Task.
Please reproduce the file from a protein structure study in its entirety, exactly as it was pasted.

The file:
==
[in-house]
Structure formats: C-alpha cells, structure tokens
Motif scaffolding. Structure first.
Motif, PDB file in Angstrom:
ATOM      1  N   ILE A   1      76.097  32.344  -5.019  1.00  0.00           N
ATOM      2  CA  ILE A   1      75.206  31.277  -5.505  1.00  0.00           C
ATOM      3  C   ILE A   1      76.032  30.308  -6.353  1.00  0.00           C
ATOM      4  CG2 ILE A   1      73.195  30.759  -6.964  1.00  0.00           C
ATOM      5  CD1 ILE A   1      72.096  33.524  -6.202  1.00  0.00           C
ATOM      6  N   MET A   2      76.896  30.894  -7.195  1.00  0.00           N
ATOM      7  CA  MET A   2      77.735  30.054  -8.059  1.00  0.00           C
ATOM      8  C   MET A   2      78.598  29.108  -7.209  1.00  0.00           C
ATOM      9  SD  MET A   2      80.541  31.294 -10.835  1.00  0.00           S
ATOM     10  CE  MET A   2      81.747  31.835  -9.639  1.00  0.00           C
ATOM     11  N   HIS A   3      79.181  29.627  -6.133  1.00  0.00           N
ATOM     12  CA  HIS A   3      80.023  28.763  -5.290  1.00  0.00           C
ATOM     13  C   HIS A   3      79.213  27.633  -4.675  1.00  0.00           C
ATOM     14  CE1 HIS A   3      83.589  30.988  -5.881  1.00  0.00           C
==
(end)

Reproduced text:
[in-house]
Structure formats: C-alpha cells, structure tokens
Motif scaffolding. Structure first.
Motif, PDB file in Angstrom:
ATOM      1  N   ILE A   1      76.097  32.344  -5.019  1.00  0.00           N
ATOM      2  CA  ILE A   1      75.206  31.277  -5.505  1.00  0.00           C
ATOM      3  C   ILE A   1      76.032  30.308  -6.353  1.00  0.00           C
ATOM      4  CG2 ILE A   1      73.195  30.759  -6.964  1.00  0.00           C
ATOM      5  CD1 ILE A   1      72.096  33.524  -6.202  1.00  0.00           C
ATOM      6  N   MET A   2      76.896  30.894  -7.195  1.00  0.00           N
ATOM      7  CA  MET A   2      77.735  30.054  -8.059  1.00  0.00           C
ATOM      8  C   MET A   2      78.598  29.108  -7.209  1.00  0.00           C
ATOM      9  SD  MET A   2      80.541  31.294 -10.835  1.00  0.00           S
ATOM     10  CE  MET A   2      81.747  31.835  -9.639  1.00  0.00           C
ATOM     11  N   HIS A   3      79.181  29.627  -6.133  1.00  0.00           N
ATOM     12  CA  HIS A   3      80.023  28.763  -5.290  1.00  0.00           C
ATOM     13  C   HIS A   3      79.213  27.633  -4.675  1.00  0.00           C
ATOM     14  CE1 HIS A   3      83.589  30.988  -5.881  1.00  0.00           C